Evaluating Data Quality
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Poor data quality costs businesses vast amounts of money and leads to
breakdowns in the supply chain, poor business decisions, and inferior customer
relationship management. Defective data also hampers efforts to meet regulatory
compliance responsibilities. Data quality encompasses more than finding and
fixing missing or inaccurate data. It means delivering comprehensive,
consistent, relevant, fit-for-purpose, and timely data to the business
regardless of its application, use, or origin.
Ensuring data quality is a challenge for most organizations partly because
they may not be fully aware of their own data quality levels. Without this
information, they cannot know the full business impact of poor or unknown data
quality, or how to begin addressing it. Poor data quality is a costly issue.
According to Pricewaterhouse Coopers Global Data Management Survey, 75 percent
of those surveyed reported significant problems as a result of defective and
fragmented data, more than 50 percent had incurred extra costs due to the need
for internal reconciliations, 33 percent had been forced to delay or scrap new
systems, 33 percent had failed to bill or collect receivables, and 20 percent
had failed to meet a contractual or service-level agreement.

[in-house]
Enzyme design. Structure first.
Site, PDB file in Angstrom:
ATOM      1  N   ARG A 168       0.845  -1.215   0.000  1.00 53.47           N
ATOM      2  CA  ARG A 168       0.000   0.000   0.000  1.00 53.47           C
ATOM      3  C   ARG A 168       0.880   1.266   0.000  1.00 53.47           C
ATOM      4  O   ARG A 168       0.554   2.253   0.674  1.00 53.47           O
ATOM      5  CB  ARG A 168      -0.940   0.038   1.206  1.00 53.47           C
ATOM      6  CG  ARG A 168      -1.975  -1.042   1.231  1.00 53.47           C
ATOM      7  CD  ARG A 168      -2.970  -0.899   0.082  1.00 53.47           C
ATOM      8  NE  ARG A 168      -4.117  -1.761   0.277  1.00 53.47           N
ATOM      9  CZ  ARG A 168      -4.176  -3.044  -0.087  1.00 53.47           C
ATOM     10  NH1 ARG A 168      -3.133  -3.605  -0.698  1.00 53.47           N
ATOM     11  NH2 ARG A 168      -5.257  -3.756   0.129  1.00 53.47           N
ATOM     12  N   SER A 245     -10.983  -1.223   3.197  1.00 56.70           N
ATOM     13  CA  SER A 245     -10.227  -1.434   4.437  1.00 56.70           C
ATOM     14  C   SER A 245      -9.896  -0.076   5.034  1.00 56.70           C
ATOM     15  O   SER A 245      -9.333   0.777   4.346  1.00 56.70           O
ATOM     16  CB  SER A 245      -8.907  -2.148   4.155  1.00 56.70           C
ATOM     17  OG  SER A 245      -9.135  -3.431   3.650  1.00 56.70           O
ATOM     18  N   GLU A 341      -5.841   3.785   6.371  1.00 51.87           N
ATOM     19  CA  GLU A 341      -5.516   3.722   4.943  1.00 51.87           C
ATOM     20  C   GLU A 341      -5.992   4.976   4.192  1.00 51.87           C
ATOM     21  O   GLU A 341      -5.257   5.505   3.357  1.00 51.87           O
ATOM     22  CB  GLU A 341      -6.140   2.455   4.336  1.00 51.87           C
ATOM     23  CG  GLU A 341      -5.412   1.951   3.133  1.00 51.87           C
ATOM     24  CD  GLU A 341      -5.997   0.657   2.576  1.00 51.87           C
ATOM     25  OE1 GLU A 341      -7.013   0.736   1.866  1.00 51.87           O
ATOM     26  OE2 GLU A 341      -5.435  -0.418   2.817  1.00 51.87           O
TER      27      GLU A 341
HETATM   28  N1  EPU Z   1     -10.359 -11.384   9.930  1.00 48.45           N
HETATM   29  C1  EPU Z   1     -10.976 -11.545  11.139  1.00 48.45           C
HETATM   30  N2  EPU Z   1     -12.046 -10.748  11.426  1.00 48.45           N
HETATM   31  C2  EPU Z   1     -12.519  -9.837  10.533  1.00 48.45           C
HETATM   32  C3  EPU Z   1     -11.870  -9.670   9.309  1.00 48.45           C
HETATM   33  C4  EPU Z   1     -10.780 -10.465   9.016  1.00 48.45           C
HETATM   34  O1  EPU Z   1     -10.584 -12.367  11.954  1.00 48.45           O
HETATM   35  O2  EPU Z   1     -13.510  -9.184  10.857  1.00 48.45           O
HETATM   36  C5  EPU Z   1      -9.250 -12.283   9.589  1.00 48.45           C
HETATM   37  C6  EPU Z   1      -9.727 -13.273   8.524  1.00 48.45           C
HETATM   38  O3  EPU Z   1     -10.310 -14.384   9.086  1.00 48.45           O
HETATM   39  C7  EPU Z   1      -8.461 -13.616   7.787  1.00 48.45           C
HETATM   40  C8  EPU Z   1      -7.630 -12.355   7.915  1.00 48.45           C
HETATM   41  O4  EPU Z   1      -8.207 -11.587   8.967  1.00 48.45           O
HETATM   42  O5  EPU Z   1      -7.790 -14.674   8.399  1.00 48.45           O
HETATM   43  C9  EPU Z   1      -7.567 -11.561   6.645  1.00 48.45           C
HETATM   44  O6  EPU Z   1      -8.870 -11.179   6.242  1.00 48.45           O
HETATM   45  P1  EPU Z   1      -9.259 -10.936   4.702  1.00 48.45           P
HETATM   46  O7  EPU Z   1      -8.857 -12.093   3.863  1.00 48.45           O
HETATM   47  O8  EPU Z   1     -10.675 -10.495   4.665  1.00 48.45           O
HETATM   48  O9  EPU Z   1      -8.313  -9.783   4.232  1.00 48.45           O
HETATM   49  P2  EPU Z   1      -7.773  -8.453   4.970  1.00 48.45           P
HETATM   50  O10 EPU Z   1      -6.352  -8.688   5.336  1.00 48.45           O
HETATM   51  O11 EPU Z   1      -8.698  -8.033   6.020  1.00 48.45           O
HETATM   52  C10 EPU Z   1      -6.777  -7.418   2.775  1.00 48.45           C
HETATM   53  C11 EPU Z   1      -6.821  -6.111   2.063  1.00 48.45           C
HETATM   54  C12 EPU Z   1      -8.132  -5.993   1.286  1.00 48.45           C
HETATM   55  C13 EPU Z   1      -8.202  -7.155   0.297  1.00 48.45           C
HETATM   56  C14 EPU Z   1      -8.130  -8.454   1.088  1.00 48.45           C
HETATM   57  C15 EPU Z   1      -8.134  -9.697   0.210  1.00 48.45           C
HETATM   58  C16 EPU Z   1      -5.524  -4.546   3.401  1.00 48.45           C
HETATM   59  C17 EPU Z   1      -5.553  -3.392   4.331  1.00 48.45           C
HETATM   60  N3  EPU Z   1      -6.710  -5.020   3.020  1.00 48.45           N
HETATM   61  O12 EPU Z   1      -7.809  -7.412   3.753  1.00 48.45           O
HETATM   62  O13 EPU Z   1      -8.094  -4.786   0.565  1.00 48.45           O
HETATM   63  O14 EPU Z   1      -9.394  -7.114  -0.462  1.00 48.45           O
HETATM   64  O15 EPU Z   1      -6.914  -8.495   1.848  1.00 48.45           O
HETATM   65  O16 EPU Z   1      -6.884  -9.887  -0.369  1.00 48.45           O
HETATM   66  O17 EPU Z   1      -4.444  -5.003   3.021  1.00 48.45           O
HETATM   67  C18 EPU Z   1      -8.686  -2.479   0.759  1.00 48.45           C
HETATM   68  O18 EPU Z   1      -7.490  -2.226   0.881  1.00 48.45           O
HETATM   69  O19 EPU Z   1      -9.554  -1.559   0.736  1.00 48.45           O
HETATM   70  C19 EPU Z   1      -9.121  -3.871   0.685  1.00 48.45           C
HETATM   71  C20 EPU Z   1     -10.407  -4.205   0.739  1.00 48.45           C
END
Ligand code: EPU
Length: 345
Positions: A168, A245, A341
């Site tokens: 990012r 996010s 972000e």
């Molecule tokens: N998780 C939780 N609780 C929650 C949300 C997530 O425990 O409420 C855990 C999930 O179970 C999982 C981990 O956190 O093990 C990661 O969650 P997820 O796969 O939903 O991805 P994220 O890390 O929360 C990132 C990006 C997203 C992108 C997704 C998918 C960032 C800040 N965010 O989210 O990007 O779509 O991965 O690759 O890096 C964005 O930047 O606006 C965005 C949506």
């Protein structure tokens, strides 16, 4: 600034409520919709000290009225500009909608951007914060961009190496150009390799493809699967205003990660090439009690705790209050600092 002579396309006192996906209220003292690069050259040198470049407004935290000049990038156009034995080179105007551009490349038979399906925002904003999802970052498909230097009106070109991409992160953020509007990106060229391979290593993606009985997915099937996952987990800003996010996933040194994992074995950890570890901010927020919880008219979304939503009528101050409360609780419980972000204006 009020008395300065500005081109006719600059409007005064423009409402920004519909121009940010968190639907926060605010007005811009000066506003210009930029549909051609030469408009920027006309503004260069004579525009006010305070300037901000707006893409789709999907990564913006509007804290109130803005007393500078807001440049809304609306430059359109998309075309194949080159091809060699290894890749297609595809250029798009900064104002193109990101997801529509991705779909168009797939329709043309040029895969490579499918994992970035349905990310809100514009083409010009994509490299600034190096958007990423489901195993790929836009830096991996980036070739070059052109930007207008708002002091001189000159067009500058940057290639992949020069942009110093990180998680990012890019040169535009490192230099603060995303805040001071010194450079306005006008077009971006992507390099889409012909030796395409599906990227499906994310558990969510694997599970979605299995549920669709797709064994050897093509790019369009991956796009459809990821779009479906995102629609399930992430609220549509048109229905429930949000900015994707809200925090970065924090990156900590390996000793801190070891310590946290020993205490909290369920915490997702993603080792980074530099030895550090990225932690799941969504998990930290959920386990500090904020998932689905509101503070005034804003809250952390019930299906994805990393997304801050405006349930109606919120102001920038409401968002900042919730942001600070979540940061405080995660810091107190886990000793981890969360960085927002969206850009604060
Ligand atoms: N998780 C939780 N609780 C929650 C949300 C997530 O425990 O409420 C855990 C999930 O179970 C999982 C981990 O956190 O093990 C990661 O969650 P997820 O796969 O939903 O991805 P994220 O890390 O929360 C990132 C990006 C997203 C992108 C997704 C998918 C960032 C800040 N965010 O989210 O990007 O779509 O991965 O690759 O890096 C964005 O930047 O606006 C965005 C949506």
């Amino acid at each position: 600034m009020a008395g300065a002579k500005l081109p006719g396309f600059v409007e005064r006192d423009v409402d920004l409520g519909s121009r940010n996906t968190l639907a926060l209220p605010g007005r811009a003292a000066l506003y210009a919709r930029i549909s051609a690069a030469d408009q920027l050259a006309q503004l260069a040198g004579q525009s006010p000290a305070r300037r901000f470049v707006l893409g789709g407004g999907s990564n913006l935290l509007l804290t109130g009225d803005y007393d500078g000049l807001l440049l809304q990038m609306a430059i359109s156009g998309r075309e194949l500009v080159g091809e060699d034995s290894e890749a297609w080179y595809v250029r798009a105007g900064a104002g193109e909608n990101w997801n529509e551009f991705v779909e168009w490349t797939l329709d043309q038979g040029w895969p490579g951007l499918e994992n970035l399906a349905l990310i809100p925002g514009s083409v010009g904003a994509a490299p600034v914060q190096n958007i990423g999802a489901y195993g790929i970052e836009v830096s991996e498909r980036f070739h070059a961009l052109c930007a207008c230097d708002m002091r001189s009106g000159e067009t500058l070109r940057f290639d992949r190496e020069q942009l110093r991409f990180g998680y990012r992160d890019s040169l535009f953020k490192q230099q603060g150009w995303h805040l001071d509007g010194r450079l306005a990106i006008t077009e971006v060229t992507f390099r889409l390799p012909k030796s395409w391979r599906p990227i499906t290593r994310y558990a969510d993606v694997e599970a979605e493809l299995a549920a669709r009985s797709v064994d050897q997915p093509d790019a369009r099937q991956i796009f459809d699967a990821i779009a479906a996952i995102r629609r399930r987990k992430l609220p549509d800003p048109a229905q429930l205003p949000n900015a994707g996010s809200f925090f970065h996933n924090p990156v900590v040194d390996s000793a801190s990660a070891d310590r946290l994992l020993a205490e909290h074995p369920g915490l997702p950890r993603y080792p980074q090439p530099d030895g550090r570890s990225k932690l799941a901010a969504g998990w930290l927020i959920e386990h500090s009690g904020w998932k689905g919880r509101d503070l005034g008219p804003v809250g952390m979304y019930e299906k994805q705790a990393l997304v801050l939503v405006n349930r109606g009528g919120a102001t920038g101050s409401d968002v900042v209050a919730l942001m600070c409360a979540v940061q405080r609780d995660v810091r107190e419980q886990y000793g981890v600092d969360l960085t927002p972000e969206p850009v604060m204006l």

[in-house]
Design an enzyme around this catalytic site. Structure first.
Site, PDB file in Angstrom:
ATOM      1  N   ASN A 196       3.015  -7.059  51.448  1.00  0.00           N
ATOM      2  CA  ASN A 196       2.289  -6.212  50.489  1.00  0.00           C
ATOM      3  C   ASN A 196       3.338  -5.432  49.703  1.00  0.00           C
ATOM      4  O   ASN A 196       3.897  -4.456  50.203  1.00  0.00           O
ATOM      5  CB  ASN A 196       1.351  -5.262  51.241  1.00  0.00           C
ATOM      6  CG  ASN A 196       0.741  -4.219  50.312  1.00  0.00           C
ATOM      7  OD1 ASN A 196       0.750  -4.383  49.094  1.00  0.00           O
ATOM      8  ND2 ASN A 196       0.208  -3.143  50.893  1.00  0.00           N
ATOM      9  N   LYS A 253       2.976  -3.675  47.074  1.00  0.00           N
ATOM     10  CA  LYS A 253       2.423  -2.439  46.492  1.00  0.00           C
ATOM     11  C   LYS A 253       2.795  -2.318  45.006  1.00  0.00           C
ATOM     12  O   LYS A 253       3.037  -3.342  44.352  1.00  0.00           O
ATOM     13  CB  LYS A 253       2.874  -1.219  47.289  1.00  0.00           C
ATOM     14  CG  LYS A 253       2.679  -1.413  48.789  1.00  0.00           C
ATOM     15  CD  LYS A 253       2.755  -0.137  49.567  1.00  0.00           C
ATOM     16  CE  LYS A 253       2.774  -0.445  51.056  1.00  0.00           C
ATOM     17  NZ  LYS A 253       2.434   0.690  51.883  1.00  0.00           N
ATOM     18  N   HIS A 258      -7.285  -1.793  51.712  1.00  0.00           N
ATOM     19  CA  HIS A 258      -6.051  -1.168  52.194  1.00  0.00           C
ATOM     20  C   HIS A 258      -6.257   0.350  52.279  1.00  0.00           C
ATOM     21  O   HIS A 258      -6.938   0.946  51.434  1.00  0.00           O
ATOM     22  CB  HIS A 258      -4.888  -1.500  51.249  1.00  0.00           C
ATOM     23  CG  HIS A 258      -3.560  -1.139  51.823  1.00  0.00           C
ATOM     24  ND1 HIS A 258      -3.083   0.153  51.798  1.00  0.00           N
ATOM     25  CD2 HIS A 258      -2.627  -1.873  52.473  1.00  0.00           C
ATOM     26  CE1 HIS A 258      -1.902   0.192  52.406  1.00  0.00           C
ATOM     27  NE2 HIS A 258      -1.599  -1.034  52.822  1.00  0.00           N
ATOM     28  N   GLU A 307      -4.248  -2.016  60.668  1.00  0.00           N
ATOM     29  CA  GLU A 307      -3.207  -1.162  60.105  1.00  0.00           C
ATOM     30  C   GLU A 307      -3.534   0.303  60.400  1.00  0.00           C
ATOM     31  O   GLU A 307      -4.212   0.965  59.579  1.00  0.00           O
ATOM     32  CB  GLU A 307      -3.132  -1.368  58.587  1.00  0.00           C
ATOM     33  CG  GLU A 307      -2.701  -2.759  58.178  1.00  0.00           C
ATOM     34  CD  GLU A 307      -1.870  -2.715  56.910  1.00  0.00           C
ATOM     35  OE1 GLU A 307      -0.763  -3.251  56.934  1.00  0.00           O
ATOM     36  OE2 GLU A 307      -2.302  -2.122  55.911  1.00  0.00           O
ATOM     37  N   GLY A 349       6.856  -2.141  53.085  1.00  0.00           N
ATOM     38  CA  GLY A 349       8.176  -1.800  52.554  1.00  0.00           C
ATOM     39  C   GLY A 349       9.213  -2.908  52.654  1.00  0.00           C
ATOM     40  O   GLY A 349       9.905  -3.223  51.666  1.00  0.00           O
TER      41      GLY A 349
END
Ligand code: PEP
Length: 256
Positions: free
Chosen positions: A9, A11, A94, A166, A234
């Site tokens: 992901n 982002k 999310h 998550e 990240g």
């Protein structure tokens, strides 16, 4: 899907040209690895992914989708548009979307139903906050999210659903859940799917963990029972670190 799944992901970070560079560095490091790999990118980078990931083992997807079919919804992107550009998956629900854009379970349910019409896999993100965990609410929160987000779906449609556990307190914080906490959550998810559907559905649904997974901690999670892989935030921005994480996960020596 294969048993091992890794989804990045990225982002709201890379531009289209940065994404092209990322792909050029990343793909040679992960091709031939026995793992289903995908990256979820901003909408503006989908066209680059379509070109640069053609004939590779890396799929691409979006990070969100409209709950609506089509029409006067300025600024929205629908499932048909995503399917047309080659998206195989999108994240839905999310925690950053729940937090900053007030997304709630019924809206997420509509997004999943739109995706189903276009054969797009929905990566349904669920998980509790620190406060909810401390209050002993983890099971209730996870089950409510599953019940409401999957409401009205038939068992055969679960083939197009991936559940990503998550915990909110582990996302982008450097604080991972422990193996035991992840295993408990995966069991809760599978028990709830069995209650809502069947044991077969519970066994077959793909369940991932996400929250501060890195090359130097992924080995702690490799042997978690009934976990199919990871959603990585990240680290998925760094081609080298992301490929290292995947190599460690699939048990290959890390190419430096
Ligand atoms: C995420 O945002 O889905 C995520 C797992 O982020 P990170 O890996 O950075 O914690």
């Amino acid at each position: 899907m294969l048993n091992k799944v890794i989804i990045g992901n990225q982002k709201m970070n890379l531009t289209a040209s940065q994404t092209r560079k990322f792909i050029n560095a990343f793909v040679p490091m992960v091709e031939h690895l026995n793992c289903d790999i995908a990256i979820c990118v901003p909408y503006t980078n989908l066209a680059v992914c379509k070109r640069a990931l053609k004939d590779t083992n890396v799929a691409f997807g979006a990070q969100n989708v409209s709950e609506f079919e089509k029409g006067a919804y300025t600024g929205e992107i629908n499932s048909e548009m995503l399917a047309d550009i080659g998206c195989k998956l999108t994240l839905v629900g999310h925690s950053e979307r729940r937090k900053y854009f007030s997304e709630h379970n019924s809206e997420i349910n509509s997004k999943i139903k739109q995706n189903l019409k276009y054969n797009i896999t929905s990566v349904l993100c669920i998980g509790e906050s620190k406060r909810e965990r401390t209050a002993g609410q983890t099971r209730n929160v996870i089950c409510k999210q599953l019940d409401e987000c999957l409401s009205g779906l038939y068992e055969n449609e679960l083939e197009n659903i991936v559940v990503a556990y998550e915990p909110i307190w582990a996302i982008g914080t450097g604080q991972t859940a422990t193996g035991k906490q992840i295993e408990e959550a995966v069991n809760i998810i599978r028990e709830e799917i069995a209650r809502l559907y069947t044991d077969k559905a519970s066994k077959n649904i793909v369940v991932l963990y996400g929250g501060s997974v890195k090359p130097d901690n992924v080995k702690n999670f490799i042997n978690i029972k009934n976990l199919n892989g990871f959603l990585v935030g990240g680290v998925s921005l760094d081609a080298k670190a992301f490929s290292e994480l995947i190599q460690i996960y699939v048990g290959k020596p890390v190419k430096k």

Put simply, to realize the full benefits of investments in enterprise
computing systems, your organization must have a detailed understanding of the
quality of its data, where quality is poor, how to clean it, and how to keep it
clean---and must be able to deliver it to the business on the front lines with
data integration. By making data quality and data integration a strategic
priority, your organization better positions itself to streamline operations,
grow revenue, keep costs in check, and achieve long-term competitive advantage.
What is Data Quality? Data quality is a broad umbrella term for the accuracy,
completeness, consistency, conformity, and timeliness of a particular piece or
set of data and for how data enters and flows through the enterprise. Different
organizations will have different definitions and requirements for data quality,
but it ultimately boils down to data that is "fit for purpose". The data needs
to be of high enough quality to do the job at hand. If your business is risk
management, then your data will probably need to be much higher quality than
data for a mass marketing business. Organizations may not be aware of the full
business impact of poor or unknown data quality if they define the term too
To evaluate your organization's data quality, consider the following metrics:
* Completeness--- Is all necessary data present? *Conformity--- What data is
stored in a nonstandard format? *Consistency--- What data values give
conflicting information? *Accuracy--- Does the data accurately represent reality
or a verifiable source? * Duplication--- What data records are repeated?
*Integrity--- What data is missing important relationship linkages?
*Timeliness--- Does the age of the data meet user requirements?